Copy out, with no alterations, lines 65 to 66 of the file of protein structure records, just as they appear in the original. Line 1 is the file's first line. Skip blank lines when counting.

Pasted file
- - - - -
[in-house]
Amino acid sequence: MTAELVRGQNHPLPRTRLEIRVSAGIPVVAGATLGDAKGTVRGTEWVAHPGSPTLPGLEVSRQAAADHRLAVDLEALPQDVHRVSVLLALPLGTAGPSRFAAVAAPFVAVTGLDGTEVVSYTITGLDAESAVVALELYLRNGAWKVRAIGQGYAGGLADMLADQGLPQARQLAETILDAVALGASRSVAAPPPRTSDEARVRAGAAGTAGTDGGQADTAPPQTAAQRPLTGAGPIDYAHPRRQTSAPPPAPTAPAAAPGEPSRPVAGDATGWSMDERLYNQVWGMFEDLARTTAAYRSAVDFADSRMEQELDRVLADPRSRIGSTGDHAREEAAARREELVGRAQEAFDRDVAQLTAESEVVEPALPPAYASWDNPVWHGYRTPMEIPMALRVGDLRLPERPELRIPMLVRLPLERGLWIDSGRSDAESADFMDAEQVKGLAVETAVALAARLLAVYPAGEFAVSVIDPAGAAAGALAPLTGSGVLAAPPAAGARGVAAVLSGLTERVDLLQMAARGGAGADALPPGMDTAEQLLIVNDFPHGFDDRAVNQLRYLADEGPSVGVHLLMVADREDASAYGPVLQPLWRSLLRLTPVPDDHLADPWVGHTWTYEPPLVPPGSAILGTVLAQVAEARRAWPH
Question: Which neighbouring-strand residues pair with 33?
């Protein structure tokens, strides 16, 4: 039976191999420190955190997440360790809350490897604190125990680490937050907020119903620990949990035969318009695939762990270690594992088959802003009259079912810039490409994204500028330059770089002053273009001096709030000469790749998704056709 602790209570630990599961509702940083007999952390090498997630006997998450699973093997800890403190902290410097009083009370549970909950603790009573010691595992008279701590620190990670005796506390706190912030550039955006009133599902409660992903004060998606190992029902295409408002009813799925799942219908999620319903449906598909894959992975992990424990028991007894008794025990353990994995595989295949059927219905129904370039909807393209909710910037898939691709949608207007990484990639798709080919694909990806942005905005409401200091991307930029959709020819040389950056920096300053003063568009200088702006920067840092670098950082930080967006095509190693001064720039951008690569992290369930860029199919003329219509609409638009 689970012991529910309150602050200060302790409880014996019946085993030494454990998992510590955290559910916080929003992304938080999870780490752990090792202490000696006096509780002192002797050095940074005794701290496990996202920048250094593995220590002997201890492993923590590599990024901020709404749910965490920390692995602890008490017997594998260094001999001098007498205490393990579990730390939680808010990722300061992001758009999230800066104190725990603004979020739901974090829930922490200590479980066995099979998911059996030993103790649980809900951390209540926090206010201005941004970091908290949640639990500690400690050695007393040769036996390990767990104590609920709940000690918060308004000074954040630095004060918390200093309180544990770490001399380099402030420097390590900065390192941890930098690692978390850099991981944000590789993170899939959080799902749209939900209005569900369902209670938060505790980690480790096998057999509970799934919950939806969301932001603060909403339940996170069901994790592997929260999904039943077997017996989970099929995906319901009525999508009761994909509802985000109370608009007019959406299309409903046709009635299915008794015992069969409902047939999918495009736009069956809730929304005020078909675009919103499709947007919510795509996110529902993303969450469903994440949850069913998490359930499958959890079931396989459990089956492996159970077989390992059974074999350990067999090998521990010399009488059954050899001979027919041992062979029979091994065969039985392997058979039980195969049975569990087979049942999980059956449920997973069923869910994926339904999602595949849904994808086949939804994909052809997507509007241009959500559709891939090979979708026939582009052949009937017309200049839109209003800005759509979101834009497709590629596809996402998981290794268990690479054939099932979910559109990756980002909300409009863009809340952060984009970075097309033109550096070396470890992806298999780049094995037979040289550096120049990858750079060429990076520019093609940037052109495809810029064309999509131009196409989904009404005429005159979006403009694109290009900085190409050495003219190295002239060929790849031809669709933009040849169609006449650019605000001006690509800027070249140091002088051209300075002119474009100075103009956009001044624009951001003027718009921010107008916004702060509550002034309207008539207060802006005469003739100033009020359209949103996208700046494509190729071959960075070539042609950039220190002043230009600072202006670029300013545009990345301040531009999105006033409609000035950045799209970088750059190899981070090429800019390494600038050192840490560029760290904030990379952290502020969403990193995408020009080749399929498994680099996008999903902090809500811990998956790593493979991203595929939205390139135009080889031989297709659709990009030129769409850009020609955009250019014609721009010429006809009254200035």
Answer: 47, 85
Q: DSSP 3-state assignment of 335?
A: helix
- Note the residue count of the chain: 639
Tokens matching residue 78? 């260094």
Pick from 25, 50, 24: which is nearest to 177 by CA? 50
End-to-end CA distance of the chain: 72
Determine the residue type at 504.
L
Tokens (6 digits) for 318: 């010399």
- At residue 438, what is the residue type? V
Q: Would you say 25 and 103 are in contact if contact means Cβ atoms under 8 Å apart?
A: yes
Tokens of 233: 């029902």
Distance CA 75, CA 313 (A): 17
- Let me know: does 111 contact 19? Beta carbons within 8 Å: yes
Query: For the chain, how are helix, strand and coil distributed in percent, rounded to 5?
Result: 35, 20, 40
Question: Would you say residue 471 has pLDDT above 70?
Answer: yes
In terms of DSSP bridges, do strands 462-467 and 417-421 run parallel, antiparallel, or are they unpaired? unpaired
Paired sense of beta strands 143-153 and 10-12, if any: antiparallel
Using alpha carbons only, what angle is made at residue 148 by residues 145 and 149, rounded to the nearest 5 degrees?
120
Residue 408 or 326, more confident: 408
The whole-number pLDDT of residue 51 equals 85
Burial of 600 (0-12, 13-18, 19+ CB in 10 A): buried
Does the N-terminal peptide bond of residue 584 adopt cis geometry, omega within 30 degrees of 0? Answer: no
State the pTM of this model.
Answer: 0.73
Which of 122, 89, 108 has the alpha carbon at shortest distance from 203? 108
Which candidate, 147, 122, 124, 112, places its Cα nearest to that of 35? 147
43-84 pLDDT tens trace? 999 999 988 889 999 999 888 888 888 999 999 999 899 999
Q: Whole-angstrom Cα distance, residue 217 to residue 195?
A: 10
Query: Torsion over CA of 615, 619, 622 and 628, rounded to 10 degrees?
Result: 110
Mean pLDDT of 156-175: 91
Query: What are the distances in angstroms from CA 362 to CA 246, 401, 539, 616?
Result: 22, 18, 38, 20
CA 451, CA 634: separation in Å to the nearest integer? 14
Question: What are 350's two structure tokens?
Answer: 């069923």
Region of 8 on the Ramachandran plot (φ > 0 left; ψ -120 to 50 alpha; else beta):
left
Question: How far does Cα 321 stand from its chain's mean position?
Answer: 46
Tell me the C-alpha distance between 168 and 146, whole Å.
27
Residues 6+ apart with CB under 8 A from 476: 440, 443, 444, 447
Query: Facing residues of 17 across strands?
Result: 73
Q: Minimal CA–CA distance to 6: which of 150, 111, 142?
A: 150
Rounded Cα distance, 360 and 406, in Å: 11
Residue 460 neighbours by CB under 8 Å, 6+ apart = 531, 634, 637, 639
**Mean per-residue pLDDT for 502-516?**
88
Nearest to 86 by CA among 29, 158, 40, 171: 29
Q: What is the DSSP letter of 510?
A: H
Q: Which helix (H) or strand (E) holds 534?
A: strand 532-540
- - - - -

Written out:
A: H
Q: Which helix (H) or strand (E) holds 534?